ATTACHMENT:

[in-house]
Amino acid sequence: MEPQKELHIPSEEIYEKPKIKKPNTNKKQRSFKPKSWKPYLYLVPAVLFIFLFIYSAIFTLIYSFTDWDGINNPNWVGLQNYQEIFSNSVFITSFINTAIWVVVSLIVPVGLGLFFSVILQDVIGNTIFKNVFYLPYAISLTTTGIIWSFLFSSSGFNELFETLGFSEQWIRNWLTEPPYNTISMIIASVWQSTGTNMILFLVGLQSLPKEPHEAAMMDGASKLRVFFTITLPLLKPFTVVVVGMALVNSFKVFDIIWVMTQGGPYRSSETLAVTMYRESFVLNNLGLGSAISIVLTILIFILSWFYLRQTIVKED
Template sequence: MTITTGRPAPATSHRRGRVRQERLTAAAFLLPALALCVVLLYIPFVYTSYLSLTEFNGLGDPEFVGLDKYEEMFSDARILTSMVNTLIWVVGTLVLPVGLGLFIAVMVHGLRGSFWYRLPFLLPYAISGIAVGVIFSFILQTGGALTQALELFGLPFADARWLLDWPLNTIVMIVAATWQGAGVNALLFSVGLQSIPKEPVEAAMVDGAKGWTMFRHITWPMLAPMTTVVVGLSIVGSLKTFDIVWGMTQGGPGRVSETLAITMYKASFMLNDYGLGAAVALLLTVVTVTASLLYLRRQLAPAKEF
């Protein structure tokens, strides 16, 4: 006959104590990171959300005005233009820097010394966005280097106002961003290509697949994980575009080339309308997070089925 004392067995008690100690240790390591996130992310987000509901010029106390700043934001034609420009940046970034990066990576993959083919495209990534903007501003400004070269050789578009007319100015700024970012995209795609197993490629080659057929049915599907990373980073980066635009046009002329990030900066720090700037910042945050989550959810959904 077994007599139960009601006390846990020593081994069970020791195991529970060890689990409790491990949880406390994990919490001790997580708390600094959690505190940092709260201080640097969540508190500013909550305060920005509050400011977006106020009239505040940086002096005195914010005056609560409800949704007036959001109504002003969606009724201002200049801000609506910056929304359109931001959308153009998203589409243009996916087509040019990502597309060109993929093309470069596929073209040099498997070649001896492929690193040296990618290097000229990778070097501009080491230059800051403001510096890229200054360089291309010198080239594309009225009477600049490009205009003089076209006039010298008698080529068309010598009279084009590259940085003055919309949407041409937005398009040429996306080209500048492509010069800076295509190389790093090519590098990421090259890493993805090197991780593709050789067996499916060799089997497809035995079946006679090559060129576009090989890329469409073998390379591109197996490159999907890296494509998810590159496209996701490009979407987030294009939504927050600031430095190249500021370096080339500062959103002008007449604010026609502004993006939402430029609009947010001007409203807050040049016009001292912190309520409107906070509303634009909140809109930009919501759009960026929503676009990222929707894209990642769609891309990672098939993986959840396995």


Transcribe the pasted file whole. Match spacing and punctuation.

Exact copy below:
[in-house]
Amino acid sequence: MEPQKELHIPSEEIYEKPKIKKPNTNKKQRSFKPKSWKPYLYLVPAVLFIFLFIYSAIFTLIYSFTDWDGINNPNWVGLQNYQEIFSNSVFITSFINTAIWVVVSLIVPVGLGLFFSVILQDVIGNTIFKNVFYLPYAISLTTTGIIWSFLFSSSGFNELFETLGFSEQWIRNWLTEPPYNTISMIIASVWQSTGTNMILFLVGLQSLPKEPHEAAMMDGASKLRVFFTITLPLLKPFTVVVVGMALVNSFKVFDIIWVMTQGGPYRSSETLAVTMYRESFVLNNLGLGSAISIVLTILIFILSWFYLRQTIVKED
Template sequence: MTITTGRPAPATSHRRGRVRQERLTAAAFLLPALALCVVLLYIPFVYTSYLSLTEFNGLGDPEFVGLDKYEEMFSDARILTSMVNTLIWVVGTLVLPVGLGLFIAVMVHGLRGSFWYRLPFLLPYAISGIAVGVIFSFILQTGGALTQALELFGLPFADARWLLDWPLNTIVMIVAATWQGAGVNALLFSVGLQSIPKEPVEAAMVDGAKGWTMFRHITWPMLAPMTTVVVGLSIVGSLKTFDIVWGMTQGGPGRVSETLAITMYKASFMLNDYGLGAAVALLLTVVTVTASLLYLRRQLAPAKEF
């Protein structure tokens, strides 16, 4: 006959104590990171959300005005233009820097010394966005280097106002961003290509697949994980575009080339309308997070089925 004392067995008690100690240790390591996130992310987000509901010029106390700043934001034609420009940046970034990066990576993959083919495209990534903007501003400004070269050789578009007319100015700024970012995209795609197993490629080659057929049915599907990373980073980066635009046009002329990030900066720090700037910042945050989550959810959904 077994007599139960009601006390846990020593081994069970020791195991529970060890689990409790491990949880406390994990919490001790997580708390600094959690505190940092709260201080640097969540508190500013909550305060920005509050400011977006106020009239505040940086002096005195914010005056609560409800949704007036959001109504002003969606009724201002200049801000609506910056929304359109931001959308153009998203589409243009996916087509040019990502597309060109993929093309470069596929073209040099498997070649001896492929690193040296990618290097000229990778070097501009080491230059800051403001510096890229200054360089291309010198080239594309009225009477600049490009205009003089076209006039010298008698080529068309010598009279084009590259940085003055919309949407041409937005398009040429996306080209500048492509010069800076295509190389790093090519590098990421090259890493993805090197991780593709050789067996499916060799089997497809035995079946006679090559060129576009090989890329469409073998390379591109197996490159999907890296494509998810590159496209996701490009979407987030294009939504927050600031430095190249500021370096080339500062959103002008007449604010026609502004993006939402430029609009947010001007409203807050040049016009001292912190309520409107906070509303634009909140809109930009919501759009960026929503676009990222929707894209990642769609891309990672098939993986959840396995």